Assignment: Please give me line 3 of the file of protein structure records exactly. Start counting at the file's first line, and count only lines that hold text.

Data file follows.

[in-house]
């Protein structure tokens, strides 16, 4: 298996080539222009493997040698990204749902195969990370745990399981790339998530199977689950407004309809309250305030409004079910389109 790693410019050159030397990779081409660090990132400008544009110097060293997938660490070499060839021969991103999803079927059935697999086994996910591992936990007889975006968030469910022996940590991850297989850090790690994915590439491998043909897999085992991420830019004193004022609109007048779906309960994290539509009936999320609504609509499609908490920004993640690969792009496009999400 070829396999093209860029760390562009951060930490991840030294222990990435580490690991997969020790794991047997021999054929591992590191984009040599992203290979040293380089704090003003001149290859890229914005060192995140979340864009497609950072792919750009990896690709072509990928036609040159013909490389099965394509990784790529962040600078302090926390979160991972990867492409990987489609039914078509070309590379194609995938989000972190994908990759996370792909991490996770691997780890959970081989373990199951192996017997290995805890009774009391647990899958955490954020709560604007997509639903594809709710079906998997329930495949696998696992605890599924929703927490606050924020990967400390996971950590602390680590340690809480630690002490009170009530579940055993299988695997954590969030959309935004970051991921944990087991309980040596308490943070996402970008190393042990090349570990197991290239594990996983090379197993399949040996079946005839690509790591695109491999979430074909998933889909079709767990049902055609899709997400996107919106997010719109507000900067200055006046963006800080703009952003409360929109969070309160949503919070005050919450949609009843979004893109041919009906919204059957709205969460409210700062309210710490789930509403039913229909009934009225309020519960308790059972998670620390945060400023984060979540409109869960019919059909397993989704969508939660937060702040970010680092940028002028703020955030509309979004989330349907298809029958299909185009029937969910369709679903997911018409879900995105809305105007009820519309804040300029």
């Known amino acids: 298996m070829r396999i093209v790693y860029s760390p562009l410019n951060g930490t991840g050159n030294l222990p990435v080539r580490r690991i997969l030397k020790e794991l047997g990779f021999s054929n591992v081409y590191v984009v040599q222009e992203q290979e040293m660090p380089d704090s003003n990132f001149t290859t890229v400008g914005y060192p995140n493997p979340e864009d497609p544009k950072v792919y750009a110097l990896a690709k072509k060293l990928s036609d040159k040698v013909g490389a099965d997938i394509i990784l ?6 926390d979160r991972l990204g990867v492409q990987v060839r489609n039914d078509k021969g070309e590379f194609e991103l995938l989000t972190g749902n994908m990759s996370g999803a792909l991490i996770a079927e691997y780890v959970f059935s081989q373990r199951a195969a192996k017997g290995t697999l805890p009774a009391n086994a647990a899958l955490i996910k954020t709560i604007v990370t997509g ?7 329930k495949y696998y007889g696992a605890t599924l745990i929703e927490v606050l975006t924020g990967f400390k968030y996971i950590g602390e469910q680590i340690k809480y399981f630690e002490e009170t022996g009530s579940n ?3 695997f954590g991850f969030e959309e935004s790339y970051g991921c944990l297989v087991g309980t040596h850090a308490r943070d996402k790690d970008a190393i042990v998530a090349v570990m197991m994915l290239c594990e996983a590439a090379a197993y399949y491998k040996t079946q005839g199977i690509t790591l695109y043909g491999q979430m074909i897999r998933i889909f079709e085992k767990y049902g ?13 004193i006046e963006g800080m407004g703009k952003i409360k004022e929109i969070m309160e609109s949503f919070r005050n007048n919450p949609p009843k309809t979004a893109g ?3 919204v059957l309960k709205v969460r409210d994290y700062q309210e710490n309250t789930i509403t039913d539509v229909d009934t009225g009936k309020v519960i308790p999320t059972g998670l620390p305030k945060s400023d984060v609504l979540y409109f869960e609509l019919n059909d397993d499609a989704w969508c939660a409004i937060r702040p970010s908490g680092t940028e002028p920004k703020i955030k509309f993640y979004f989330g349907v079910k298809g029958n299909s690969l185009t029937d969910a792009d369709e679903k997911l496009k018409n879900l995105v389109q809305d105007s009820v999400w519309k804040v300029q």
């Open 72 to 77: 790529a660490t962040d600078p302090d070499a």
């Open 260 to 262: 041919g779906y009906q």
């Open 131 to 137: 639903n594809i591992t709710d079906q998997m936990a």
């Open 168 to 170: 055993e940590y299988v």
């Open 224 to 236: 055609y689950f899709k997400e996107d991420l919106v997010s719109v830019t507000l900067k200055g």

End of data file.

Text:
């Known amino acids: 298996m070829r396999i093209v790693y860029s760390p562009l410019n951060g930490t991840g050159n030294l222990p990435v080539r580490r690991i997969l030397k020790e794991l047997g990779f021999s054929n591992v081409y590191v984009v040599q222009e992203q290979e040293m660090p380089d704090s003003n990132f001149t290859t890229v400008g914005y060192p995140n493997p979340e864009d497609p544009k950072v792919y750009a110097l990896a690709k072509k060293l990928s036609d040159k040698v013909g490389a099965d997938i394509i990784l ?6 926390d979160r991972l990204g990867v492409q990987v060839r489609n039914d078509k021969g070309e590379f194609e991103l995938l989000t972190g749902n994908m990759s996370g999803a792909l991490i996770a079927e691997y780890v959970f059935s081989q373990r199951a195969a192996k017997g290995t697999l805890p009774a009391n086994a647990a899958l955490i996910k954020t709560i604007v990370t997509g ?7 329930k495949y696998y007889g696992a605890t599924l745990i929703e927490v606050l975006t924020g990967f400390k968030y996971i950590g602390e469910q680590i340690k809480y399981f630690e002490e009170t022996g009530s579940n ?3 695997f954590g991850f969030e959309e935004s790339y970051g991921c944990l297989v087991g309980t040596h850090a308490r943070d996402k790690d970008a190393i042990v998530a090349v570990m197991m994915l290239c594990e996983a590439a090379a197993y399949y491998k040996t079946q005839g199977i690509t790591l695109y043909g491999q979430m074909i897999r998933i889909f079709e085992k767990y049902g ?13 004193i006046e963006g800080m407004g703009k952003i409360k004022e929109i969070m309160e609109s949503f919070r005050n007048n919450p949609p009843k309809t979004a893109g ?3 919204v059957l309960k709205v969460r409210d994290y700062q309210e710490n309250t789930i509403t039913d539509v229909d009934t009225g009936k309020v519960i308790p999320t059972g998670l620390p305030k945060s400023d984060v609504l979540y409109f869960e609509l019919n059909d397993d499609a989704w969508c939660a409004i937060r702040p970010s908490g680092t940028e002028p920004k703020i955030k509309f993640y979004f989330g349907v079910k298809g029958n299909s690969l185009t029937d969910a792009d369709e679903k997911l496009k018409n879900l995105v389109q809305d105007s009820v999400w519309k804040v300029q």